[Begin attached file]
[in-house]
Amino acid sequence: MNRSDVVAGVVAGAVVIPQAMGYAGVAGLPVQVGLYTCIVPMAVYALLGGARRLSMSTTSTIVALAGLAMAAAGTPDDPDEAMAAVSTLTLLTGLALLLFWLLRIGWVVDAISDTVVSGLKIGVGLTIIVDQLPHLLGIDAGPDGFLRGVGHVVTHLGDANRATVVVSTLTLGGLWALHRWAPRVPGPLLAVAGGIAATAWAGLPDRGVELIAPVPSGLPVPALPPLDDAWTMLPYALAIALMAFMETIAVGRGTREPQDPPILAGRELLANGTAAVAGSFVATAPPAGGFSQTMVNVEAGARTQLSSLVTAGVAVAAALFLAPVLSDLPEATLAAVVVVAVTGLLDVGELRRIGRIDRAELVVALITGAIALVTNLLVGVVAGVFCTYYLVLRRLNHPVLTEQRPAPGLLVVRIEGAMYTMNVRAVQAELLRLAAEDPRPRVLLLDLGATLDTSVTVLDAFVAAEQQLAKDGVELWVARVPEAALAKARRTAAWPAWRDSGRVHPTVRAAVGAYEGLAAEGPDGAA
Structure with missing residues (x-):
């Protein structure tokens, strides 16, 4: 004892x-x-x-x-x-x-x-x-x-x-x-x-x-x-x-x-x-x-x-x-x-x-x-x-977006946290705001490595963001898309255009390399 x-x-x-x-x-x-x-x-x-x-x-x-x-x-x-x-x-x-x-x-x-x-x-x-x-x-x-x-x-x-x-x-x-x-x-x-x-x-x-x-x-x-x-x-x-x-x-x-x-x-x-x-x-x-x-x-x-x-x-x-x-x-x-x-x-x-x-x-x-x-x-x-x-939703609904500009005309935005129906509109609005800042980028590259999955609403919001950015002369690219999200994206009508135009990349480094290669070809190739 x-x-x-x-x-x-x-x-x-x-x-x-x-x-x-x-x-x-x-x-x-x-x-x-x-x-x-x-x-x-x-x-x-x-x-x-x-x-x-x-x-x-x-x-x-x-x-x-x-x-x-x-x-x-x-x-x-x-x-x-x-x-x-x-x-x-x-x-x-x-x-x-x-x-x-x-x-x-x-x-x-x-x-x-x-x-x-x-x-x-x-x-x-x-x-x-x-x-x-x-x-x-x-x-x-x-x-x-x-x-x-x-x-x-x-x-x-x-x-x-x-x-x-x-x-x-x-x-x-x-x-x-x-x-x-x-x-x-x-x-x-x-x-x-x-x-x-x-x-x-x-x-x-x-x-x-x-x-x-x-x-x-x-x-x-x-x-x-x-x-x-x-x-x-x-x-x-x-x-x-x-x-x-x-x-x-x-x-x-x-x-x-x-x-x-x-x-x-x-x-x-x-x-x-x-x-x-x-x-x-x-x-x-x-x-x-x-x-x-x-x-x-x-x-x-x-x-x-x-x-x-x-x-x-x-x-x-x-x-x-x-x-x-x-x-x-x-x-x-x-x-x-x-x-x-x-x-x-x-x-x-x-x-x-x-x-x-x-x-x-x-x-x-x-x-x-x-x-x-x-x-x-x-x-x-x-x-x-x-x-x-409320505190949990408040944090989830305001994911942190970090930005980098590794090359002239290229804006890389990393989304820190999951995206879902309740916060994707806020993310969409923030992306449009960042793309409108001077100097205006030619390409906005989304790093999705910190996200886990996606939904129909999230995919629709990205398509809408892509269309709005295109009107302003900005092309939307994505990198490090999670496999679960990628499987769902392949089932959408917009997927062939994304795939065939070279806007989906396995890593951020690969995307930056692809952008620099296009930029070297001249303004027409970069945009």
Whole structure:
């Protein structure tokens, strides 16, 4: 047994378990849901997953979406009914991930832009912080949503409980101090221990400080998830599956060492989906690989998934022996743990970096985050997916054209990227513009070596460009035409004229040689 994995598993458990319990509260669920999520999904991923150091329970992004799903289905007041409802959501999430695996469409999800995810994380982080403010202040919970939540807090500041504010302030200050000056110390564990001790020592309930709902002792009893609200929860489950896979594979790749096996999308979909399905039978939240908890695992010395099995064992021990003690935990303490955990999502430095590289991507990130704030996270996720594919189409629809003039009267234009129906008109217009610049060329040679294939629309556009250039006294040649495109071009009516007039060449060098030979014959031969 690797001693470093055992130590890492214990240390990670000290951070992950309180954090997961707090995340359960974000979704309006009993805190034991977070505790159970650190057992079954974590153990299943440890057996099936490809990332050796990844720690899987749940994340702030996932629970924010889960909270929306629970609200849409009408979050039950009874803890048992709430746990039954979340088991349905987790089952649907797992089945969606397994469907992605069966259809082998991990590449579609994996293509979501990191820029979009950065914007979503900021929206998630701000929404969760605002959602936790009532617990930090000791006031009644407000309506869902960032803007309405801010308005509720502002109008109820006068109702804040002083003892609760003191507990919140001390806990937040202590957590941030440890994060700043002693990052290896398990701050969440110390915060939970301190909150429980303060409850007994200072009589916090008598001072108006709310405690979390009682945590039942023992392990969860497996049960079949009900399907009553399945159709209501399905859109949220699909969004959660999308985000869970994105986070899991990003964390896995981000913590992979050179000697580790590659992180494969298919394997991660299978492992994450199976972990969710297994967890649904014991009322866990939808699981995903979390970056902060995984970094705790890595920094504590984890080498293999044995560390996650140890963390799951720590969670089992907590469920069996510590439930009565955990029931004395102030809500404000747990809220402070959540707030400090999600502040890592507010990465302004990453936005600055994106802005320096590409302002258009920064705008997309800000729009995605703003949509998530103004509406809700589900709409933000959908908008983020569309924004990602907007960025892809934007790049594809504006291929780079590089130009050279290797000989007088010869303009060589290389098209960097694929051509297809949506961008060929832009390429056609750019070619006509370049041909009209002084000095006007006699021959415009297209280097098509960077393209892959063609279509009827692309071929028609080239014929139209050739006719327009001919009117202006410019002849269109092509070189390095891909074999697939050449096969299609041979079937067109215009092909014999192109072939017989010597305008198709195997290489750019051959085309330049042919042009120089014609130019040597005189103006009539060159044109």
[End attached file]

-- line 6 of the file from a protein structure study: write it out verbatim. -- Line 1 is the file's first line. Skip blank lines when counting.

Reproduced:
């Protein structure tokens, strides 16, 4: 047994378990849901997953979406009914991930832009912080949503409980101090221990400080998830599956060492989906690989998934022996743990970096985050997916054209990227513009070596460009035409004229040689 994995598993458990319990509260669920999520999904991923150091329970992004799903289905007041409802959501999430695996469409999800995810994380982080403010202040919970939540807090500041504010302030200050000056110390564990001790020592309930709902002792009893609200929860489950896979594979790749096996999308979909399905039978939240908890695992010395099995064992021990003690935990303490955990999502430095590289991507990130704030996270996720594919189409629809003039009267234009129906008109217009610049060329040679294939629309556009250039006294040649495109071009009516007039060449060098030979014959031969 690797001693470093055992130590890492214990240390990670000290951070992950309180954090997961707090995340359960974000979704309006009993805190034991977070505790159970650190057992079954974590153990299943440890057996099936490809990332050796990844720690899987749940994340702030996932629970924010889960909270929306629970609200849409009408979050039950009874803890048992709430746990039954979340088991349905987790089952649907797992089945969606397994469907992605069966259809082998991990590449579609994996293509979501990191820029979009950065914007979503900021929206998630701000929404969760605002959602936790009532617990930090000791006031009644407000309506869902960032803007309405801010308005509720502002109008109820006068109702804040002083003892609760003191507990919140001390806990937040202590957590941030440890994060700043002693990052290896398990701050969440110390915060939970301190909150429980303060409850007994200072009589916090008598001072108006709310405690979390009682945590039942023992392990969860497996049960079949009900399907009553399945159709209501399905859109949220699909969004959660999308985000869970994105986070899991990003964390896995981000913590992979050179000697580790590659992180494969298919394997991660299978492992994450199976972990969710297994967890649904014991009322866990939808699981995903979390970056902060995984970094705790890595920094504590984890080498293999044995560390996650140890963390799951720590969670089992907590469920069996510590439930009565955990029931004395102030809500404000747990809220402070959540707030400090999600502040890592507010990465302004990453936005600055994106802005320096590409302002258009920064705008997309800000729009995605703003949509998530103004509406809700589900709409933000959908908008983020569309924004990602907007960025892809934007790049594809504006291929780079590089130009050279290797000989007088010869303009060589290389098209960097694929051509297809949506961008060929832009390429056609750019070619006509370049041909009209002084000095006007006699021959415009297209280097098509960077393209892959063609279509009827692309071929028609080239014929139209050739006719327009001919009117202006410019002849269109092509070189390095891909074999697939050449096969299609041979079937067109215009092909014999192109072939017989010597305008198709195997290489750019051959085309330049042919042009120089014609130019040597005189103006009539060159044109």